Saturday it was sixty degrees. Monday there’s snow on the ground. Sounds like an April Fools’ joke where some wiseacre hired a snow machine to trick his neighbor, but no. Just winter being a dick. “You thought I was gone? I’ll show you!” Probably not the last we’ll see of the old boy before May.
I have editorial revisions to do. Been a while since that’s happened. The regular sort of working revisions? Sure, plenty. These are at the direction of someone else. I don’t mind revisions, mostly. Usually it just gives me one more chance to make the story better before any other reader sees it. That’s if you are working with a good editor. This is a good editor. I’ve worked with some that, well, not so much. I take comfort, however, in knowing a bad editor generally isn’t around long, so there’s a limit to how much damage they can do. That doesn’t help much when you’re struggling to make sense of suggestions straight from the Twilight Zone.
As I said. I don’t mind revisions. For proof, I only meant to glance at what I was doing on the story revisions and ended up working through the entire manuscript. Which is why this blog post is going up in the late afternoon rather than early afternoon. Not that I’m done with the manuscript, of course. I’ll look it over again and see what I could do better.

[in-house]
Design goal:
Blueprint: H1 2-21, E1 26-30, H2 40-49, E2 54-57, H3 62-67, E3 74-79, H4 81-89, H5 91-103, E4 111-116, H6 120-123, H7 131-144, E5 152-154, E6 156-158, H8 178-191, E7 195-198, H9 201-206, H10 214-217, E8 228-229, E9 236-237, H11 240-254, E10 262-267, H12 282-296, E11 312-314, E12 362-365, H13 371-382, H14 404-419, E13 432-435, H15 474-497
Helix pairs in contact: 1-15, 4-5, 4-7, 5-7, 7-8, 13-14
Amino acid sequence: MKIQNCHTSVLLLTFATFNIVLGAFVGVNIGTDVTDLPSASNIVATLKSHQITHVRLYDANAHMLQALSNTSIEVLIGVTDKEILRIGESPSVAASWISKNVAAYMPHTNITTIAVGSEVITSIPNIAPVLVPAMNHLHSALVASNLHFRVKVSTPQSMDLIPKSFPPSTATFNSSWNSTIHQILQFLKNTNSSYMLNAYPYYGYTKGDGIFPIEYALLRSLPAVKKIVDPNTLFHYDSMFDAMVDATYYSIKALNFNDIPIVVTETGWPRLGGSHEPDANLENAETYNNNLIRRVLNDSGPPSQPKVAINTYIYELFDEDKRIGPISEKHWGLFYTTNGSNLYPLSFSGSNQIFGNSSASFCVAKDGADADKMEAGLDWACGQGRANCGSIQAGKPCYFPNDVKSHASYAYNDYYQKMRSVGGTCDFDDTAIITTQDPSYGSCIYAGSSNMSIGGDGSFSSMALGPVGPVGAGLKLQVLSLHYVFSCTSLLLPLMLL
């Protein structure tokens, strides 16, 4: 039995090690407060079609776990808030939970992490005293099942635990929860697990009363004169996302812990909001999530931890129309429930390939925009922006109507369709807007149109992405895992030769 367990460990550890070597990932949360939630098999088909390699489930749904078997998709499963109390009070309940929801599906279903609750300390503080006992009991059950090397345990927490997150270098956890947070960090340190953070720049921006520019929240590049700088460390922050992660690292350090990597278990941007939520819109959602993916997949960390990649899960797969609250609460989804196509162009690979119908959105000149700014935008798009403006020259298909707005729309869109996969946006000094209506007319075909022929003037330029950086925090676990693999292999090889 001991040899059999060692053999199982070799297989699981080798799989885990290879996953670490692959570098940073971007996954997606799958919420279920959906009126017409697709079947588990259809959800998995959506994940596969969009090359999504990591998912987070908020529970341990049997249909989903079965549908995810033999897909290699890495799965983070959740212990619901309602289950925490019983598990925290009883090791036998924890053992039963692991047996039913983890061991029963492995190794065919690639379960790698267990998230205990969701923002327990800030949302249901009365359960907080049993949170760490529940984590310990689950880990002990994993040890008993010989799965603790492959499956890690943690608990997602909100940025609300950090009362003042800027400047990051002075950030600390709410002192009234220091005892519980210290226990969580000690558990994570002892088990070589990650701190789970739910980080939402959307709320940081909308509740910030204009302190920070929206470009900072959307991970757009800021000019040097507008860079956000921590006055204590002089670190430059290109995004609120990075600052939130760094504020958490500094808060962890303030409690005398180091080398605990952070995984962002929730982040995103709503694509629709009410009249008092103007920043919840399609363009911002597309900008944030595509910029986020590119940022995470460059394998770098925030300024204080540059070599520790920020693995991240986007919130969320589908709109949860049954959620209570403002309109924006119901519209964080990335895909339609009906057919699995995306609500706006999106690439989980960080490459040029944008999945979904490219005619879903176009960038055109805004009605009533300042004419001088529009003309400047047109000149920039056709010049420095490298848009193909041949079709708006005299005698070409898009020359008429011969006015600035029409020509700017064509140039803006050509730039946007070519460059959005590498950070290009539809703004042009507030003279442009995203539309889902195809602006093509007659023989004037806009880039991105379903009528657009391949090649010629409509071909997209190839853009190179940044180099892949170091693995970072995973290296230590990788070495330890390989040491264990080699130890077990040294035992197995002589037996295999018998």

Pretty much my only rule for revision is: make it better or make it stop. It’s a word we sometimes forget. You can always say no. It’s your story. Worse case, you look for a market that appreciates it for what it is, not for what someone else thinks it should be. But usually a good editor won’t do that. They’ll see what you were trying to do, and help you do it better. That’s gold. And rarer.
Revisions can be a pain, but it sure beats having an editor reject a story with a “I liked the story’s premise, but not its execution” and they don’t say a damned thing that suggests it could be fixed. Or they think it can be, but they don’t want to bother with the work,